The justification for my anonymity is based on me sharing personal-life anecdotal information as the basis for my admittedly not-statistically or study substantiated personal opinions. They are identified as personal opinions, based only on personal life experience, inference and observation.

Stated another way, what I say has little value in the "proof" portion of this debate because I don't claim to be bringing "proof" to the table. This, in my view, is not inappropriate since these forums, as I understand them, are not reserved exclusively for learned comment. My comments largely are written in lag-time between work tasks. (I know, it shows, doesn't it?)

Your response suggests that you do claim to speak as an expert. (It, for example, suggests that you have significant expertise and you have applied enough care and attention to this area to have identified and assembled links to many articles and studies that you declare refute Mr. Ley's position, demonstrate its predictability and bias, and discredit his science.) It is this thoroughness that suggests to me that you are an expert or are holding yourself out as an expert. (If you will not accept that flattery of expert status, we can, for the limited purpose of this comment, refer to you as an "enthusiast" or, possibly, an industry "usual suspect".)

I questioned your anonymity only because you have not based your argument (like another pro-porn addiction "anonymous" here whose comment and anonymous status I have not questioned), on your personal struggles or observations of friends' or family members' struggles with "porn" addiction. Instead, your comment suggests that you bring a different, "higher" level of analysis to the discussion.

I really don't care whether I convince you, or anyone else here, with my comments/arguments. Many of my comments, like yours, are made in an effort to suggest that what is claimed to be settled, might not be all that settled.

By trade, I am a lawyer. Part of analyzing expert testimony (and trying to assess whether that testimony is believable and/or will influence the finder of fact) involves understanding what may have influenced the opinions of both the expert and the audience. (I generally explain that with the aphorism "where you stand has a lot to do with where you sit".)

(As an aside, we "untrustworthy" lawyers have a professional duty to disclose to courts controlling authority contrary to our clients' positions. Not doing so is considered "fraud on the court". While PT is not a court, a similar duty of even-handed candor does not seem to be applicable to this debate on "porn" addiction.)

I am not fearful of reaching conclusions that conflict with my beliefs. And I will read your cited materials. (A part of my practice deals with health care so I have some limited familiarity with reading studies.)

I don't adhere to what Mr. Ley states as writ. I don't expect I will blindly agree with what you or your citations assert. My more than typical agnosticism derives from the fact social science studies only can show association not causation. (The prospect of a double-blind placebo controlled study of partner sex functionality and pornography use does intrigue me though. Is it in the recruitment phase?) In my ignorance, I believe that the interpretation of study associations should be filtered through experience of the reader.

But, I will (bravely, like the storied trailer) read them despite your, presumably principled, stand on maintaining your anonymity while you eviscerate/attempt to eviscerate Mr. Ley's arguments/scholarship. Perhaps more people would read them if they knew your identity?]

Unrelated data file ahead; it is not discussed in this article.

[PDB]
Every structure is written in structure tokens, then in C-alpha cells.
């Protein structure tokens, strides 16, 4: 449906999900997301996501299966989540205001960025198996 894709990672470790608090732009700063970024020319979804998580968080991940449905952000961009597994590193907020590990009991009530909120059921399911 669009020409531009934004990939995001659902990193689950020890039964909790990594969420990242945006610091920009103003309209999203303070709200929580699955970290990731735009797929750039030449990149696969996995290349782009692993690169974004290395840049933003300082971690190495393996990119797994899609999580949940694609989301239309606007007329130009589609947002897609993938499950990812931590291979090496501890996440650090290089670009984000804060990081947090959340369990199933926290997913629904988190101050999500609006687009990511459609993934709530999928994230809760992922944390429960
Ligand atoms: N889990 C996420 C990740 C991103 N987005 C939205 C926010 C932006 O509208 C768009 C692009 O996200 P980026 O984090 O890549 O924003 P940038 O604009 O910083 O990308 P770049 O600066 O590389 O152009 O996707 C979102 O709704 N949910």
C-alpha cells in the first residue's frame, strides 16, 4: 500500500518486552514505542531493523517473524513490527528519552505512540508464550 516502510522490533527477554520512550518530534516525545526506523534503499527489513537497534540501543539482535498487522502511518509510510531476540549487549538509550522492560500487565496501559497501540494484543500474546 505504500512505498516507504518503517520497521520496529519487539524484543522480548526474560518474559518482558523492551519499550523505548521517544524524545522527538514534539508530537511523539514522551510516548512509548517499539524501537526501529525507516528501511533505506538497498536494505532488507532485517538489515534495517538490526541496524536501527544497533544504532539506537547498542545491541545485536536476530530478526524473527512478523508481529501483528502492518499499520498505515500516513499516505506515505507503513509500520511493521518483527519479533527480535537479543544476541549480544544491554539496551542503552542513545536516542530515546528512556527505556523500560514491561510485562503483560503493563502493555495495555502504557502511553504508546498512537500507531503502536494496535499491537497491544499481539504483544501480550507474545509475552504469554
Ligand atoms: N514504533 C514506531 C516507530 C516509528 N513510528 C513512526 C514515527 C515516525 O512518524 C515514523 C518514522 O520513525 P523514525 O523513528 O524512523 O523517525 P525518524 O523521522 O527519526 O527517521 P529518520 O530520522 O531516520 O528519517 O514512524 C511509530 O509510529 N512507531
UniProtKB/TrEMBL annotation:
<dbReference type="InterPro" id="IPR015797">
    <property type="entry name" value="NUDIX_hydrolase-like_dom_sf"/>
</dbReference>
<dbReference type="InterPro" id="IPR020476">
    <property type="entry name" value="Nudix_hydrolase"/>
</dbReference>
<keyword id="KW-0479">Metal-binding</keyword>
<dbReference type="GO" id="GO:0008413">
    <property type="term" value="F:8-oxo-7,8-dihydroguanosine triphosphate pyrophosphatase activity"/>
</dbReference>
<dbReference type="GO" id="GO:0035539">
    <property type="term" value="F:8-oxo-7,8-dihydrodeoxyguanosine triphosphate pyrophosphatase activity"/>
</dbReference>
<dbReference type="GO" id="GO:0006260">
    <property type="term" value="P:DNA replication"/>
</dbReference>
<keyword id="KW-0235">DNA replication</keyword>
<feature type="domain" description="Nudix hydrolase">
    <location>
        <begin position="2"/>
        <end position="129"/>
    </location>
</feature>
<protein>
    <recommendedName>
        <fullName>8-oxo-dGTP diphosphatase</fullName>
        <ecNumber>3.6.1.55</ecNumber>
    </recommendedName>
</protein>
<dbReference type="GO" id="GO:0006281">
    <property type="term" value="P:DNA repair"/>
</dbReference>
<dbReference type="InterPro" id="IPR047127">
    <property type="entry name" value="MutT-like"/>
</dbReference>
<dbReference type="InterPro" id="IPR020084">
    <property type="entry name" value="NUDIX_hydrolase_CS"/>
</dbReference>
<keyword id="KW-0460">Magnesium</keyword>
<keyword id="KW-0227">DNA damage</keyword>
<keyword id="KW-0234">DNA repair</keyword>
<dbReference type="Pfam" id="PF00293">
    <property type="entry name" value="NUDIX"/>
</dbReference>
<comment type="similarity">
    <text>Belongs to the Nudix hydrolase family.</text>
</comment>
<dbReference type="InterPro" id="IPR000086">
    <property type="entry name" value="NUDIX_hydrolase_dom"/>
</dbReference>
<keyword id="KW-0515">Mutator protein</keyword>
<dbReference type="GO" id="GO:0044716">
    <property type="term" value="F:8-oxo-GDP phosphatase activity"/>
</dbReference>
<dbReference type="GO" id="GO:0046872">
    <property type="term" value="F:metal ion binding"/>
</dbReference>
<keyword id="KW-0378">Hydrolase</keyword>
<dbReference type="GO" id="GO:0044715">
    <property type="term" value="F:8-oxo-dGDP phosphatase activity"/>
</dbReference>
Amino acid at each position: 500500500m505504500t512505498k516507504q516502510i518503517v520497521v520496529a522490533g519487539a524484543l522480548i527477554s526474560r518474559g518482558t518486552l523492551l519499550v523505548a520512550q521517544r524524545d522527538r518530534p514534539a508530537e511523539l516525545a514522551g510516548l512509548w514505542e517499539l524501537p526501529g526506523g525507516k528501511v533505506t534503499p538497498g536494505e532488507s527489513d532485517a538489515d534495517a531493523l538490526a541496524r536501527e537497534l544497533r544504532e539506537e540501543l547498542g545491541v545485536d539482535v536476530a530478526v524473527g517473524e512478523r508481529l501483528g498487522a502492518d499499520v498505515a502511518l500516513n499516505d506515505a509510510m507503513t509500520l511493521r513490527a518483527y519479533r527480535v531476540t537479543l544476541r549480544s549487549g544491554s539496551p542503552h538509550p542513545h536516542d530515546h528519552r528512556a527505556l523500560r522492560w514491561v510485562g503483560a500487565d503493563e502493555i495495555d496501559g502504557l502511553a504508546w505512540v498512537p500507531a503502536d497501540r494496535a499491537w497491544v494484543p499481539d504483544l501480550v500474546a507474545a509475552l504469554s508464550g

My second paragraph offer still stands.

Nice try at diversion, John B

See how this whole discussion has purposely degraded into spinning what was said and who said it, rather than the content of Ley's article, and the subsequent analysis of it.

I am not the author of the analysis. I posted one link, which has been widely circulated.

My little pithy comment was employed to highlight the absurdity of your argument that one must not address content unless everything about the author is revealed. For the 4th time, all the evidence has been laid out and thoroughly documented...for all to see. Including you.

Nothing else in your comment relates to the analysis. Are you willing to discuss the topic at hand, or not?

Anyone here want to address Gabe Deem's links?

one more thing

Right or wrong, author or not, failure to disclose raises doubts, (at least for me) and is offensive (at least for me).

No spin on your "science" intended. And, second opinion -- although this is not your article, you and your fellow porn addiction believers have written articles -- which I read and read.

Funny though, I don't get the same sense that coordinated efforts are being made by "opposing experts" to discredit those articles and their authors even though others in your industry disagree.

This reminds me of the GWB run-up to Iraq -- strikingly similar really ...

It make me wonder ...

George W, Bush invading Iraq......

is analogous to asking you to read a completely documented and cited analysis of the Ley review. What's next? Comparing reading this analysis to the Hitler's Holocaust?

Please don't stop, this is far too entertaining.

Another example of Godwin's Law in action :)

From Wikipedia:

Godwin's law (or Godwin's Rule of Nazi Analogies)[1][2] is an Internet adage asserting that "As an online discussion grows longer, the probability of a comparison involving Nazis or Hitler approaches 1"  —​ that is, if an online discussion (regardless of topic or scope) goes on long enough, sooner or later someone will compare someone or something to Hitler or Nazism.


Amazing. Not only did I learn

Amazing. Not only did I learn about Godwin's law, but that comment was quite possibly the best addition to that back and forth.

Is this real life....

Oh looky here...

Another anonymous comment, on an anonymous comment, on a comment thread that was derailed by an anonymous user whose argument was anonymous comments are not the best additions to a argument. Ohhhh the irony

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Karen Franklin, Ph.D., is a forensic psychologist in Northern California.